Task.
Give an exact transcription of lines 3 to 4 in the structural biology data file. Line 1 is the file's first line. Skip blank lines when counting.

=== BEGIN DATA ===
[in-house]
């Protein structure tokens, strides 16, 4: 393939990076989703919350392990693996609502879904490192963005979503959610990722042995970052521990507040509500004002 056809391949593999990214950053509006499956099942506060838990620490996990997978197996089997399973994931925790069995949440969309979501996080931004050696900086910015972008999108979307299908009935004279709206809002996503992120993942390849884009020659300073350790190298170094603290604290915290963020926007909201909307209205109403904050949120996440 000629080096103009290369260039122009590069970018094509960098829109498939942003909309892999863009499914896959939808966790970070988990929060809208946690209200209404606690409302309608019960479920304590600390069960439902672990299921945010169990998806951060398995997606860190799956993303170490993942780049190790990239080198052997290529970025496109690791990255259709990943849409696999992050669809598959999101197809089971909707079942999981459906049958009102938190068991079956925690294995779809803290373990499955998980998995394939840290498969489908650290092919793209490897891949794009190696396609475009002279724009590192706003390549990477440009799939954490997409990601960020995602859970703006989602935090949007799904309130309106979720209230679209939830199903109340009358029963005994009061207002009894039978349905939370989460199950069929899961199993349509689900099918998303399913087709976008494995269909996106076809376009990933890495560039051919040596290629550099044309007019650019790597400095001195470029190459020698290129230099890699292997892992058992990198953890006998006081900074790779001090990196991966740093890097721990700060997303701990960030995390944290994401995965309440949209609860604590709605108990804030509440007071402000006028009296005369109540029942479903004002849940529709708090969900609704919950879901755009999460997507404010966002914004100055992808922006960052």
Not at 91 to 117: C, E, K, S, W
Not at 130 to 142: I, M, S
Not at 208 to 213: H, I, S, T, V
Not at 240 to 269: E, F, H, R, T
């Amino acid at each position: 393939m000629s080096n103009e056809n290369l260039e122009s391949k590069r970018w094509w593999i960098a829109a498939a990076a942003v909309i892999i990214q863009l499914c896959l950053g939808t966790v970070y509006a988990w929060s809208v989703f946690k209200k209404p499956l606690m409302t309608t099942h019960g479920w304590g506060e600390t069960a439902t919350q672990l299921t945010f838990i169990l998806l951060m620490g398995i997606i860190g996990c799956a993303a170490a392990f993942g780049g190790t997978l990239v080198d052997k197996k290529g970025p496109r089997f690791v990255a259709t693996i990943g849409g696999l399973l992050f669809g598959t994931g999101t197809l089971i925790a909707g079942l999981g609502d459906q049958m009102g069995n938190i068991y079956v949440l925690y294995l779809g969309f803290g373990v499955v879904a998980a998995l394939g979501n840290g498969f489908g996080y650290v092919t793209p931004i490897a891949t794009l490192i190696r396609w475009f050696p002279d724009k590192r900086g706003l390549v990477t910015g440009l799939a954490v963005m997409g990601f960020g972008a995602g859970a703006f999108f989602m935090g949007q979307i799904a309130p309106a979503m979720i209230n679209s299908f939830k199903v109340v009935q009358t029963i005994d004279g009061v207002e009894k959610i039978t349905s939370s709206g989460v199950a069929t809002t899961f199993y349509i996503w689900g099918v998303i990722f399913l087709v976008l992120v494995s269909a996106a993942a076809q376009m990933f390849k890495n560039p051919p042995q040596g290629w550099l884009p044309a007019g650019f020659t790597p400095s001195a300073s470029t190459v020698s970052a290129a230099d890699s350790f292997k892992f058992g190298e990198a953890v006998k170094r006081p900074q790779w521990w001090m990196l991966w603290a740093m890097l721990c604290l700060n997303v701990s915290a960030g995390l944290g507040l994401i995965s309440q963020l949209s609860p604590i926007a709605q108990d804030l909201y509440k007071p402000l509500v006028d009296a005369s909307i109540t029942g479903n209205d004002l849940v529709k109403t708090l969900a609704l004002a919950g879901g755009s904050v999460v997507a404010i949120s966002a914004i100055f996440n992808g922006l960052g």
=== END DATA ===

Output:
Not at 91 to 117: C, E, K, S, W
Not at 130 to 142: I, M, S